4. Anonymous

    Ok, how about if we say that we have lost “rule of law” by the unprosecuted financial criminality instead of fascism. Rule of law used to be touted as a bedrock component of Western society…..not so much anymore or do we have a two-tier legal system aoong with our two-class society.

    Would a social scientist believe that this will rile the masses to DO SOMETHING?

  5. Anonymous

    I find it so odd that we even have conversations about this. It’s so obvious that the government doesn’t bail out small banks, nor does it bail out large non-banks (see, e.g., reluctance to bail out GM). So here’s a bold idea…bring back Glass-Steagall and also limit the size of banks and financial insurers. Is this too obvious a solution? Couldn’t some politician with huge approval numbers (hint, hint) just come out and say this, that we will have to break up these behemoths to protect ourselves from future black holes?

    I don’t believe the world is simple. I actually believe the world is complex beyond our wildest imaginations and our most powerful minds. But come on, allowing the credit of the country to be concentrated in institutions prone to making less than optimal decisions because of skewed temporal incentives is just stupid. Honestly.

  6. Anonymous

    While the neither fish nor fowl character of the GSE’s prior to their takeover may have been unsatisfactory making them a fully owned creature of Congress will be worse.

    So too will it be with major banks in the hands of the Congress.

    Their boards will be stuffed with defeated politicians looking for well paying sinecures ( Chris Cox at SEC e.g. or, God forbid, the next Rod Blagojevich)and social and political considerations supplanting economic ones in their operation.

  7. Swedish Lex

    “Does Creeping Nationalization Make Reprivatization Harder?”

    Yes.
    The current “fluid” approach to handling the crisis, to be too kind, is blurring everything. When James Baker turns Swedish, it is time to pay attention.

  8. marin belge™

    “Does Creeping Nationalization Make Reprivatization Harder?”

    Yes,

    The US has only one way to rebuild itself. Grassroots. From new. Anything like rebuilding old stuff will end up in cronyism at best. Proto-fascism at worst.

    Your French reader with “on the job experience” concerning nationalization during our socialist times, thirty years ago.

    Quite a bit concerned at this stage

  9. Anonymous

    I believe Bernanke and Geithner have reached a plateau of arrested development. You hit the nail on the head when you opined that Bernanke “romanticized” the previous economic period and hopes to return to that suboptimal status quo.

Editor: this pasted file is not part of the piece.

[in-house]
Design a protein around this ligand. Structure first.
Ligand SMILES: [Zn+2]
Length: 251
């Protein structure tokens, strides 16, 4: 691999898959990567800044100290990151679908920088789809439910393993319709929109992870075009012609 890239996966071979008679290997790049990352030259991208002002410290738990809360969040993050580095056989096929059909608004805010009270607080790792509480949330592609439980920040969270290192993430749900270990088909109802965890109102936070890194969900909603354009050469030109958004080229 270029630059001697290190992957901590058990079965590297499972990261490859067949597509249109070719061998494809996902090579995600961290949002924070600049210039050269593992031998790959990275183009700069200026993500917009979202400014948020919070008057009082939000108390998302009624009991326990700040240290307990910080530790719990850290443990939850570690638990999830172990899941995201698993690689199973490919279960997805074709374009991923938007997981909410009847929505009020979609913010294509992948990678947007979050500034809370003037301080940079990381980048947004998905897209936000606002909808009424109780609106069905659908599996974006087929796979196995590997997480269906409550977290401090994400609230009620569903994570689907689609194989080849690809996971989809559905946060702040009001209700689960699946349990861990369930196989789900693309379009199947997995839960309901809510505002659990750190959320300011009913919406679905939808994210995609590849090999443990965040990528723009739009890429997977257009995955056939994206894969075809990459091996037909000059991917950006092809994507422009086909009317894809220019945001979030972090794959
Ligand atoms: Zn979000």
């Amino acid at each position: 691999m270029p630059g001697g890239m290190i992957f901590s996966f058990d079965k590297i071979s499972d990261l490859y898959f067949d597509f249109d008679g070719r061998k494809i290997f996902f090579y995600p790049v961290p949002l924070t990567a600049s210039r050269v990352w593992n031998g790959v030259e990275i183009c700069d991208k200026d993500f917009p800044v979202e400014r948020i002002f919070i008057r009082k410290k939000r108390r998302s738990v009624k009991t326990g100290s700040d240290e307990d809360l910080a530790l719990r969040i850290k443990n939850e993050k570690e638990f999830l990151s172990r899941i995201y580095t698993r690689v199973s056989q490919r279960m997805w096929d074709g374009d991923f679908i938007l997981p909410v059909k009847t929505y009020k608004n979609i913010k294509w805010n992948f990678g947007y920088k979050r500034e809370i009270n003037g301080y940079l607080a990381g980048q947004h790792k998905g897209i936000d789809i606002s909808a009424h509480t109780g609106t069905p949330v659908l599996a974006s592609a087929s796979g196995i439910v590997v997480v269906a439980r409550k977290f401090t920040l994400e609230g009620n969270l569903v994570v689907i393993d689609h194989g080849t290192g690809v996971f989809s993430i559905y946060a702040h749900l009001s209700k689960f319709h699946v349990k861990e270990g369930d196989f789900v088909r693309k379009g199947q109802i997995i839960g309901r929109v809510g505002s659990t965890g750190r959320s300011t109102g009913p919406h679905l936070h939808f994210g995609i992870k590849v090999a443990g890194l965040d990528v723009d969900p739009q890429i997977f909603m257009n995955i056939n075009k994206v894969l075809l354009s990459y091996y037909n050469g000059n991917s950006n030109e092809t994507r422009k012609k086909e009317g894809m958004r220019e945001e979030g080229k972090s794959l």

10. Charlie

    “An even more sobering possibility is that Bernanke and Geithner believe that the current lousy state of financial markets is the result of irrational pessimism. If the government throws enough liquidity at the market, animal spirits will return and all will be well.”

    They have the virtue of being half right. In the real economy, what has happened. Housing prices crashed. Well, they needed to. People aren’t buying cars. OK, so 16 millions cars sold a year was excessive. There is tremendous overcapacity and we could go to 8-10 million sales a year with no problems. People aren’t buying other durables since they can wait a year to buy a new laptop. Big deal.

    Higher education, which is also widely inflated, and a major burden for the middle class, can be dealt with by more government student loans.

    We can exist nicely in this zombie state for a while. Tinker with the employment numbers so they don’t look scary.

  11. mmdonner

    we are in the same boat as always. the market folks rebel against receivership and demonize any gov’t intervention with the N word.
    but private money is not stepping forward to capitalize the banks..yet the same folks don’t want banks to be allowed to fail or AIG to go under…remember the howl of LB?? as the huge mistake of the decade.
    so, damned if they do and damned if they don’t.
    can someone tell me exactly what the markets would be satisfied with/by that will stabalize the financial system domestically and internationally….which all agree is the first prerequsite to turning the titanic around???

    and please..don’t just say no nationalization or private money only…if not N or receivership..then where will the money come from…or…say clearly…”let them all fail”
    Please tell me what will make the “market/kudlow/cramer” et al happy??
    Michael

  12. reed1v

    pragmatic reality: most financial, real estate, and manufacturing sectors virtually bankrupt. without intervention, might as well kiss off the u.s. economy. not that intervention will be the solution, but there is no other solution. besides corporate america largely behind this last ditch attempt to crawl back from the abyss

  13. dunnage

    Think of it, the Big Banks obviously get to keep the Treasury under a new administration, yet can’t figure how to crawl out of their respective block boxes. Unique Black Boxes that all do the same thing. The Big Bank guys, hey not the traders – cause they’re nuts and therefore will survive anything you can do to them –
    got money but need Power, Pride, and Party Invites. Retire and go home to the wives. Not that they want to take everybody down with them, but it’s not like they really care either.

    So, like, privatize what? Endless paper debt is actually their asset; something that threatens all. The question is not how you bring them private, it’s how you get rid of current vested personages. Look at that group sitting in front of Congress – irreplaceable? Must be genetic derivatives graduating from dad’s school to take over after the worker bees straighten out the institutions and pay the bills. Progress. Now one does ponder the French Revolution.